“After that hike, Selwyn came back, to find that Alixe had sailed with Jack Ruthven. And what did he do; take legal measures to free himself, as you or I or anybody with an ounce of temper in ’em would have done? No; he didn’t. That infernal Selwyn conscience began to get busy, making him believe that if a woman kicks over the traces it must be because of some occult shortcoming on his part. In some way or other that man persuaded himself of his responsibility for her misbehaviour. He knew what it meant if he didn’t ask the law to aid him to get rid of her; he knew perfectly well that his silence meant acknowledgment of culpability; that he couldn’t remain in the service under such suspicion.
“And now, Gerald,” continued Austin, striking his broad palm with extended forefinger and leaning heavily forward, “I’ll tell you what sort of a man Philip Selwyn is. He permitted Alixe to sue him for absolute divorce—and, to give her every chance to marry Ruthven, he refused to defend the suit. That sort of chivalry is very picturesque, no doubt, but it cost him his career—set him adrift at thirty-five, a man branded as having been divorced from his wife for cause, with no profession left him, no business, not much money—a man in the prime of life and hope and ambition, clean in thought and deed; an upright, just, generous, sensitive man, whose whole career has been blasted because he was too merciful, too generous to throw the blame where it belonged. And it belongs on the shoulders of that Mrs. Jack Ruthven—Alixe Ruthven—whose name you may see in the columns of any paper that truckles to the sort of society she figures in.”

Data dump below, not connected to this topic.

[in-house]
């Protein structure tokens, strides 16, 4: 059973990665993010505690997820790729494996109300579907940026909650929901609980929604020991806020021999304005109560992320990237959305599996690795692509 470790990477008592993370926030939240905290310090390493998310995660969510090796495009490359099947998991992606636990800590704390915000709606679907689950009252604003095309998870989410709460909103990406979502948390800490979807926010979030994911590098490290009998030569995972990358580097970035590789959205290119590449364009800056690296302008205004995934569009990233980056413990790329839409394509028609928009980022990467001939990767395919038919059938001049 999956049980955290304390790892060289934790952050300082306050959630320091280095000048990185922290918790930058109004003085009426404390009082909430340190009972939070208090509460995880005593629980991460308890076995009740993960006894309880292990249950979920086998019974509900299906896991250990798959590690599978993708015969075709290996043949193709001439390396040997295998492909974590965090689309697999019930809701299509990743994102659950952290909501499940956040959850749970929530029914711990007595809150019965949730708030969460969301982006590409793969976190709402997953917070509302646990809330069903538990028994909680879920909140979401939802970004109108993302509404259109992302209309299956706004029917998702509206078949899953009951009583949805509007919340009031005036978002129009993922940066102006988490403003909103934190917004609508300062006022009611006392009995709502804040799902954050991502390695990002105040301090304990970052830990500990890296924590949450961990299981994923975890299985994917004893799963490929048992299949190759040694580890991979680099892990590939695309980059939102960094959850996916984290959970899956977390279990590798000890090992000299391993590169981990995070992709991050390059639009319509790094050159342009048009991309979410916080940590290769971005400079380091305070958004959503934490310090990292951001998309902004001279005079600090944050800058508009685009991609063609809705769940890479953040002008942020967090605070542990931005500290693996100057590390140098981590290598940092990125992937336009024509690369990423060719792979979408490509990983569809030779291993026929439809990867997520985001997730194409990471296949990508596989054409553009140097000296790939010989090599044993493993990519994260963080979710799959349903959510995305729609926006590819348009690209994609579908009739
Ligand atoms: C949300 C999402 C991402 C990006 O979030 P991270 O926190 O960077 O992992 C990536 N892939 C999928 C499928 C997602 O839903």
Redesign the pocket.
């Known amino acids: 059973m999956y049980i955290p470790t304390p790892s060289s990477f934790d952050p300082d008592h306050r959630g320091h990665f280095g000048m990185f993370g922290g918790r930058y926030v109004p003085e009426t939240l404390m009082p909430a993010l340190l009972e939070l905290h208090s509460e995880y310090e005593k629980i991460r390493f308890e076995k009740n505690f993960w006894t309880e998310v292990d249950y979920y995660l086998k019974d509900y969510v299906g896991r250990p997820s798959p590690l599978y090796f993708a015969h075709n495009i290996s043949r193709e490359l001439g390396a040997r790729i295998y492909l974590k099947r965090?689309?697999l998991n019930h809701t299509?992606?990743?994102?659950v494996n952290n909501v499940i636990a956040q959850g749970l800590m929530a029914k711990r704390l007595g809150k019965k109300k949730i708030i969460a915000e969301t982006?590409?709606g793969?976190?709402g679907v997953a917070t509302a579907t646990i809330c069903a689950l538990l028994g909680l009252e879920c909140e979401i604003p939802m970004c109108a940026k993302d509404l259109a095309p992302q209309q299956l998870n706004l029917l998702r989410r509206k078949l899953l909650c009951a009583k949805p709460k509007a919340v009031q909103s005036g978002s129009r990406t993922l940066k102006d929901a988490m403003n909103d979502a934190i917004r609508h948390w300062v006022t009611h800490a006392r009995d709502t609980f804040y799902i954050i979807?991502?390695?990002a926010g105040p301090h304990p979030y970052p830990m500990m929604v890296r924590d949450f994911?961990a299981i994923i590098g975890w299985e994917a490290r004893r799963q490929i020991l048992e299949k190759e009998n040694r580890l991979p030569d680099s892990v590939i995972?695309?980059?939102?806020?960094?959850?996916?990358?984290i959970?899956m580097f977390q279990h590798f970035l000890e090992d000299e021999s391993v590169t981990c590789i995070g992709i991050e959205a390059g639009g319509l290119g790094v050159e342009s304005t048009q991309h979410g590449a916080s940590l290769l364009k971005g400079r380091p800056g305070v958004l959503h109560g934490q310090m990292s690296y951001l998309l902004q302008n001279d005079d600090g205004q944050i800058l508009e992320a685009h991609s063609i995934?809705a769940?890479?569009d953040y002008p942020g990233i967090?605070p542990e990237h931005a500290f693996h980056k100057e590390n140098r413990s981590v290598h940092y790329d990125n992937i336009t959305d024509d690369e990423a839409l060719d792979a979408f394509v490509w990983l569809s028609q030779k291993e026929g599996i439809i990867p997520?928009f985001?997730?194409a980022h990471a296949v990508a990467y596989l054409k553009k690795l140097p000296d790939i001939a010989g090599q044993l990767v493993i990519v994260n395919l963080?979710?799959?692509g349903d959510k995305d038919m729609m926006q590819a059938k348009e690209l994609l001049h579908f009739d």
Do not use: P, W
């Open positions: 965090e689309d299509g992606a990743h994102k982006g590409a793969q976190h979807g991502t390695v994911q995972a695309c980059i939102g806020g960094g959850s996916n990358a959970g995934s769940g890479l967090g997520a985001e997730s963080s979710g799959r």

Austin stood up, thrust his big hands into his pockets, paced the room for a few moments, and halted before Gerald.
“If any woman ever played me a dirty trick,” he said, “I’d see that the public made no mistake in placing the blame. I’m that sort”—he shrugged—“Phil Selwyn isn’t; that’s the difference—and it may be in his favour from an ethical and sentimental point of view. All right; let it go at that. But all I meant you to understand is that he is every inch a man; and when you have the honour to meet him, keep that fact in the back of your head, among the few brains with which Providence has equipped you.”
“Thanks!” said Gerald, colouring up. He cast his cigarette into the empty fireplace, slid off the edge of the table, and picked up his hat. Austin eyed him without particular approval.
“You buy too many clothes,” he observed. “That’s a new suit, isn’t it?”
“Certainly,” said Gerald; “I needed it.”
“Oh! if you can afford it, all right. . . . How’s the nimble Mr. Neergard?”
“Neergard is flourishing. We put through that Rose Valley deal. I tell you what, Austin, I wish you could see your way clear to finance one or two—”
Austin’s frown cut him short.
“Oh, all right! You know your own business, of course,” said the boy, a little resentfully. “Only as Fane, Harmon & Co. have thought it worth while—”